The results from this 'general' test are in line with or supass my expectations especially at the telephoto end. There's little doubt with performance like this the SP-550 will lay down the gauntlet for all other manufacturers in this class. Frankly, I did not expect telephoto performance at this level of excellence.


Using my standard highly detailed ceramic I take 7 shots at ISO 50, 100, 400, 800, 1600, 3200, 5000. To save space I've decided to only show the crops with some annotations underneath for comment.

Excellent - as you would expect at its lowest ISO

Virtually no difference to ISO 50 but perhaps the slightest hint of processing unsharpness?

Now we can see a reddish tinge with red spotted areas appearing.

Noise is about the same as above but sharpness has dropped off considerably.

More coloured blotches of intrusive noise and further sharpness degradation.

Here the camera insists on pixel binning; dropping the image size by just over 55%. Noise is actually reduced at the cost of obvious pixelation and more unsharpness.

More of the same. I've got to ask why the company bother with ISO 5000 as pixel binning and over processing makes this image unusable except in the most dire of circumstances.


These results speak for themselves. Performance at lower ISO's is excellent falling away to good at ISO 800 and that's where I draw the line. Everything after this is too processed for my taste with an unacceptable level of unsharpness. However your opinion may be different.

Pixel binning is used at the two highest ISO ratings with subsequent loss of file size and definition. I suppose if these high ISO's mean the difference between getting a shot (poor that it is) and not, then perhaps the concept is justified though I'm not convinced.


Lack of IS was one reason the older ultra-zoom lost its way. That combined with the new lens zoom ratio of 18:1 makes IS on the new model a necessity, not a luxury. Anyone with DSLR experience knows how difficult is is to handhold lenses greater than 300mm focal length never mind 504mm. Unless you are well practiced the enevitable 'sway' occurs and if the shutter speed is not at least higher than the FL of the lens the results will be ruined by camera shake.

To my knowledge other makers ultra zooms achieve IS by a lens-shift device. Olympus have trodden a different path by combining two concepts; 1. A mechanical CCD-shift Image Stabilization; and 2. An ISO boost allowing (forcing) higher shutter speeds, to produce their Dual Image Stabilisation system. The first part invloved designing a sensor-shift mechanism instead of a lens based shift recorder. A CCD-shift Image Stabiliser uses built-in electro-gyro sensors to record camera movement and adjust the CCD image sensor. This ensures that light remains centered on the image sensor to maintain image clarity despite a slight movement on the part of the photographer. The second part is determined mainly by lighting conditions and the cameras exposure meter decides how much faster the shutter must operate to reduce camera shake and achieves this in the ambient lighting conditions by boosting the ISO level. Both require much in-camera processing, especially the ISO boost to remove excessive noise at high ISO. Like any other such system it is all a matter of degree; the system cannot work miracles but it can compensate for both a swaying photographer and/or poor light. That said the user will still benefit from learning the techniques to avoid or at least reduce camera shake in the first place.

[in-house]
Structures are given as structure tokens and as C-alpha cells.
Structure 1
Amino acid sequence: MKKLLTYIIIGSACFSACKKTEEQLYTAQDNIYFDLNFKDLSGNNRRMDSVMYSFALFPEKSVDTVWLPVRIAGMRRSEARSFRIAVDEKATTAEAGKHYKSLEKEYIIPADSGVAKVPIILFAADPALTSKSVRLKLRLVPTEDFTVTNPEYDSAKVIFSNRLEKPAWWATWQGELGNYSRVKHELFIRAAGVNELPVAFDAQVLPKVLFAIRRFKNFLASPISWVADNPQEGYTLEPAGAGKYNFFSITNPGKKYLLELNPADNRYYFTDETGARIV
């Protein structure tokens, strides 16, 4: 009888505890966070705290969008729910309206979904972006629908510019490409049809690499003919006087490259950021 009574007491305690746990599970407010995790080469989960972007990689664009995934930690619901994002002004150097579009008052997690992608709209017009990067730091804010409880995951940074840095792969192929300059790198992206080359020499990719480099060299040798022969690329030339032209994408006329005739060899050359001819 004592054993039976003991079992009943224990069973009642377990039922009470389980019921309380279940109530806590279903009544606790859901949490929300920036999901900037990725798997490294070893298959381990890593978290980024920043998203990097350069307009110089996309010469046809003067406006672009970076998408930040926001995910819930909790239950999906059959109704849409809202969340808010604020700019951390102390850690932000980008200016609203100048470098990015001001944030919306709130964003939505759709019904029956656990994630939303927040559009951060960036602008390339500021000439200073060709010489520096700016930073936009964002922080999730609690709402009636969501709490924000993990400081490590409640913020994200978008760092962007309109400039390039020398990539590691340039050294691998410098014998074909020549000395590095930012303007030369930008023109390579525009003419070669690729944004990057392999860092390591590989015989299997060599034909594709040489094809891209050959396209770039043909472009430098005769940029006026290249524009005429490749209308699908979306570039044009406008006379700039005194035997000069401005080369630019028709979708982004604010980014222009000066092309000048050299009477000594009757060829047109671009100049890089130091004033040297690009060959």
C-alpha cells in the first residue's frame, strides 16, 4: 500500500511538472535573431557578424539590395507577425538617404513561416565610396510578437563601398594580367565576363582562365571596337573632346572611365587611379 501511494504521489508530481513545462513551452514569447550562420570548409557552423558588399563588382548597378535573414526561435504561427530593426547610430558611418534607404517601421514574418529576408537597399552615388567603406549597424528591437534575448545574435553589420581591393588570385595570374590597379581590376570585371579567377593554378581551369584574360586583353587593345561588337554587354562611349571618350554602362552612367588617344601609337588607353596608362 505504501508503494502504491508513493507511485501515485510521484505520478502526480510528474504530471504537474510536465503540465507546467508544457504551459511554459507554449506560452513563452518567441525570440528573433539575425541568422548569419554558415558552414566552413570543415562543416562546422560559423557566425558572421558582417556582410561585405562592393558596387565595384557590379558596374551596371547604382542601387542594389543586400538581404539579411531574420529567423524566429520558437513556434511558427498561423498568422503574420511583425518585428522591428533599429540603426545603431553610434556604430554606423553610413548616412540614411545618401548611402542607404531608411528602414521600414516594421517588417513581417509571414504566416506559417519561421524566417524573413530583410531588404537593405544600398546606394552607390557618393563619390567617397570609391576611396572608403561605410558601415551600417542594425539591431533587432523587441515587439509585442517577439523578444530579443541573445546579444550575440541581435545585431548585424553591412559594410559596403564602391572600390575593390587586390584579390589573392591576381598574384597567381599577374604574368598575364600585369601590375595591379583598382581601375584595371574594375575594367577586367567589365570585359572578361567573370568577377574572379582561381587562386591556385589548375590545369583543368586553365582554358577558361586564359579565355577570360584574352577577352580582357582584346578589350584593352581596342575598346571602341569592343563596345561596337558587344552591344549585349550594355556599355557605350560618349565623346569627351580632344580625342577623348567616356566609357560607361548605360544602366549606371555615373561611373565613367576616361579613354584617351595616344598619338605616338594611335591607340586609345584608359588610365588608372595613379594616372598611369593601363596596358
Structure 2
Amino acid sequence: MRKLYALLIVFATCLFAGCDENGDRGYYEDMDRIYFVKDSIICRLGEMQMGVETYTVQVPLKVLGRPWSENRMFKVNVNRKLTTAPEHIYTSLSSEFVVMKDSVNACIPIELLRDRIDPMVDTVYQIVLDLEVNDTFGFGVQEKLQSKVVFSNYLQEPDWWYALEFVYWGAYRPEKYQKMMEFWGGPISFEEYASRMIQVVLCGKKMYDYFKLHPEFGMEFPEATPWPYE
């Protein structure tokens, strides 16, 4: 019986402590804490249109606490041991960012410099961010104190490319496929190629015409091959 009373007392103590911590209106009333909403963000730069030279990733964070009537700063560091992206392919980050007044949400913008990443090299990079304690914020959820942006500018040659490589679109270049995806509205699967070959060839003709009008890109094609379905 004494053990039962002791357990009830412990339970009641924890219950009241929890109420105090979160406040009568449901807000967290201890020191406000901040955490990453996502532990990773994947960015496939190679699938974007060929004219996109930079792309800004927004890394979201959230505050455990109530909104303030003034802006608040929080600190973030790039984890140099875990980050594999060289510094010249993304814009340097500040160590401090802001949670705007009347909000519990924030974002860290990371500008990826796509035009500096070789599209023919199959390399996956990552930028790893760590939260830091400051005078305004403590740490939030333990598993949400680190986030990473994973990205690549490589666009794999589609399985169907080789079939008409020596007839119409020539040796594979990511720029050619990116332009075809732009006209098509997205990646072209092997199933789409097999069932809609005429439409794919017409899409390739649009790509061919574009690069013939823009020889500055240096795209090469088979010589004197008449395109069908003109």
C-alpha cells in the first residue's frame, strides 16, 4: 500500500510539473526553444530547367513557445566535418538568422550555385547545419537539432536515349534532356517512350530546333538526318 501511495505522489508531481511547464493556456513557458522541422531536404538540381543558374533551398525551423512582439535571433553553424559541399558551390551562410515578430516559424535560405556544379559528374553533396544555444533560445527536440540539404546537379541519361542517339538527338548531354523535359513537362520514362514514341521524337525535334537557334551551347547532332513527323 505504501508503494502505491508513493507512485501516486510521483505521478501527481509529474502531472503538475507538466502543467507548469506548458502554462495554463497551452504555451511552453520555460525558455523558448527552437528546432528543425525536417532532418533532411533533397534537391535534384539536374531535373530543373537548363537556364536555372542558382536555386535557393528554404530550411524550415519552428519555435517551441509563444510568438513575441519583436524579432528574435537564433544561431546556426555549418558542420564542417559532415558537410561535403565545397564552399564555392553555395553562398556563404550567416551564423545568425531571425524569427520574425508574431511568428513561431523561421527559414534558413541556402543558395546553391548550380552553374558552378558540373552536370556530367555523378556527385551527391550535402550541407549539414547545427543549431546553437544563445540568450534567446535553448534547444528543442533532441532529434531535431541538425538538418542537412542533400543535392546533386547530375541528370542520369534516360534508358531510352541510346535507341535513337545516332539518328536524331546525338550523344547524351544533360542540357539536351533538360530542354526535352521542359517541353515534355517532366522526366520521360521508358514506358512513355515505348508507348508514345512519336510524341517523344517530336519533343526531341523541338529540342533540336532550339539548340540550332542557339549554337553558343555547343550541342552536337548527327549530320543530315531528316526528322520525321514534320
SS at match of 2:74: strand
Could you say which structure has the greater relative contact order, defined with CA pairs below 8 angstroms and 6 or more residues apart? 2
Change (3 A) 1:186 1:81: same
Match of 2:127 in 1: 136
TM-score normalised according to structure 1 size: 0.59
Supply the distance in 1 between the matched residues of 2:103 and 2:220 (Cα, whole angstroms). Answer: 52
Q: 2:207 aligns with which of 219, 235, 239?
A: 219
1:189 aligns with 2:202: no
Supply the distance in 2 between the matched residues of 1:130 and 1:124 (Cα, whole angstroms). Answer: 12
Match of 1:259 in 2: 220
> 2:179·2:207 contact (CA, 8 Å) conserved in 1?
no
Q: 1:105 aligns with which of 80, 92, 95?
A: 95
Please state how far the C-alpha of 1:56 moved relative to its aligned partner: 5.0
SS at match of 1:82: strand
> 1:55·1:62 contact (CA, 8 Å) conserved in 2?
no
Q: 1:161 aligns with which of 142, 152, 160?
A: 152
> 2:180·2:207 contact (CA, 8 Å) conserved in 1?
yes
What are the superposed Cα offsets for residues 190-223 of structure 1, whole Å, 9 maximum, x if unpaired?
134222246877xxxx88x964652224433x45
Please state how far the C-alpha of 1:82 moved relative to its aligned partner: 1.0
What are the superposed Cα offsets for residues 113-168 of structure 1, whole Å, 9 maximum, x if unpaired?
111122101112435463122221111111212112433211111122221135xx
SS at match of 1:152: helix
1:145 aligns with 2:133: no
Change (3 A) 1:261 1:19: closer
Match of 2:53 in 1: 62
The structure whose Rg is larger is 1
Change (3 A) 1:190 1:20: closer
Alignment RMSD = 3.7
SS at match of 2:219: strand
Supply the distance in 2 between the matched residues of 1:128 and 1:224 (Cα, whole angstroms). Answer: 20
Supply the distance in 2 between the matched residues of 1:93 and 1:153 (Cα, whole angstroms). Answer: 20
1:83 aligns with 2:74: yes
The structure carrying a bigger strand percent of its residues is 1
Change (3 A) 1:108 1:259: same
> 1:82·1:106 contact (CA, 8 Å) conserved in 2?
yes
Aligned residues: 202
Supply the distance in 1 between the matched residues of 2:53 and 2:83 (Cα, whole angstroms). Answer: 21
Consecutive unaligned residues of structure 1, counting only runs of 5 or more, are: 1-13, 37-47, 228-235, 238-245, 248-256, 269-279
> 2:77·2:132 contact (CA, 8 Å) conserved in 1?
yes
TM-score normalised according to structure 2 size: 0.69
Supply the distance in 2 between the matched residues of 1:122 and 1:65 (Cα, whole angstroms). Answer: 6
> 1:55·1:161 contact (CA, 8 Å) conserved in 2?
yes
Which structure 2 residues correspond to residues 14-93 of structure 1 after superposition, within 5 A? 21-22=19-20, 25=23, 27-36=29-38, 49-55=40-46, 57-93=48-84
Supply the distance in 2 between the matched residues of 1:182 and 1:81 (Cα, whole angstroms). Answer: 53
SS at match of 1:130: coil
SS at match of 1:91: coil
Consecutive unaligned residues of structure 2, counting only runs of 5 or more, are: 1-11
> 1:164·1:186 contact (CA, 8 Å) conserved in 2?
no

The question is, of course, does it work. There follows a couple of sequences of wide-angle and full zoom that are handheld with the IS selected and initiated.

Here I waited until the sun was fast disappearing to really test the SP-550. I did not lean against the wall of the house, I just handheld the camera and used the screen for composition, not EVF. This effectively increases the chance of camera shake because if the EVF is used some stability is derived from the photographers head and trunk.

This is the resultant shot at maximum optical zoom. Again I used the cameras screen to compose making it as hard as I could to take a steady shot. I think this is amazing. When IS has been initiated by the camera the write to xD card takes much longer, so you know an initiation has occurred.

As a footnote to this sequence I cropped out the twin chimneys for a closer look at sharpness. This is very sharp to my eyes with good detail, colour rendering and contrast. It does not appear over-processed and I'm most impressed by the almost total lack of CA on the periphery of the chimney against the pale sky (there is a tad on the tops). It's also obvious that the lead flashing to the ridge has insufficient overlap - sorry that's the engineer in me coming out! This is a cracking result.

For this shot I waited until the light was really begining to fade. Once again I made this as difficult for the camera as possible without being stupid and deliberately trying to spoil the shot.